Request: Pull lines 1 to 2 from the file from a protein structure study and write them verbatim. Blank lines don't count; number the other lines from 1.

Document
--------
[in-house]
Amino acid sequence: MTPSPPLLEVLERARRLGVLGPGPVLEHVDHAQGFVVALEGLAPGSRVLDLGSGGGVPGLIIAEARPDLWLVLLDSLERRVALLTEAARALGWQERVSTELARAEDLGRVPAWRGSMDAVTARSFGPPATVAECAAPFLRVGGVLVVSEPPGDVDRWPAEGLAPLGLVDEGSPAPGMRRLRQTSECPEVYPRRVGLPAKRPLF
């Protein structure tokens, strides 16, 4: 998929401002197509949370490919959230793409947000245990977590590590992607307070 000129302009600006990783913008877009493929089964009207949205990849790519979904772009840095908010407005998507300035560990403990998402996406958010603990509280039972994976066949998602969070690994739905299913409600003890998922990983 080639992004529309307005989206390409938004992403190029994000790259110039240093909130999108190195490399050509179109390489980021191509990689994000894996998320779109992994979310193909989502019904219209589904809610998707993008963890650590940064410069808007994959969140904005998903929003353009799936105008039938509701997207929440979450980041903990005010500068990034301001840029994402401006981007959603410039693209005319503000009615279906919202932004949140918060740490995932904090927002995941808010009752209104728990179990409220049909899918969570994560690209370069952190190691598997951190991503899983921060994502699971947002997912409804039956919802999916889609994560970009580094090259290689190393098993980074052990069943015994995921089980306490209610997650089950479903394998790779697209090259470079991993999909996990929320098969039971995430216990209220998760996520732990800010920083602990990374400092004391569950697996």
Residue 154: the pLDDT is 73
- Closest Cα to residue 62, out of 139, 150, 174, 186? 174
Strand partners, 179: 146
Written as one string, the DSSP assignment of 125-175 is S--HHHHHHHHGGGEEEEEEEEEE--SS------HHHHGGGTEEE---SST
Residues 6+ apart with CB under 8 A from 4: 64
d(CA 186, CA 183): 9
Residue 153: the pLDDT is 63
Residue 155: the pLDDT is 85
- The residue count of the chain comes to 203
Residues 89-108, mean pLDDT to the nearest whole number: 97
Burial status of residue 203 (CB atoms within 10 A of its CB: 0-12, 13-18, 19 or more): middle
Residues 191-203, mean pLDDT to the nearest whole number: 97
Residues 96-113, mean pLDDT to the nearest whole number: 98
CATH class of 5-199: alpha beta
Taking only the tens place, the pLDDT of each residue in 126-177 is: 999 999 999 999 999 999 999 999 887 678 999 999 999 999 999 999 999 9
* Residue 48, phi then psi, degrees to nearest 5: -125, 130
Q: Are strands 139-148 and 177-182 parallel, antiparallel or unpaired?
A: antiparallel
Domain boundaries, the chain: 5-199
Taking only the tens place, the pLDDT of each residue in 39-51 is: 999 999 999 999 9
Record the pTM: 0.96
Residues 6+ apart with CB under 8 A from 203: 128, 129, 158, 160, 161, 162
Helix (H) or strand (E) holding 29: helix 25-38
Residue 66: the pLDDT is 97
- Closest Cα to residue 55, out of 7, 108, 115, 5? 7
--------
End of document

[in-house]
Amino acid sequence: MTPSPPLLEVLERARRLGVLGPGPVLEHVDHAQGFVVALEGLAPGSRVLDLGSGGGVPGLIIAEARPDLWLVLLDSLERRVALLTEAARALGWQERVSTELARAEDLGRVPAWRGSMDAVTARSFGPPATVAECAAPFLRVGGVLVVSEPPGDVDRWPAEGLAPLGLVDEGSPAPGMRRLRQTSECPEVYPRRVGLPAKRPLF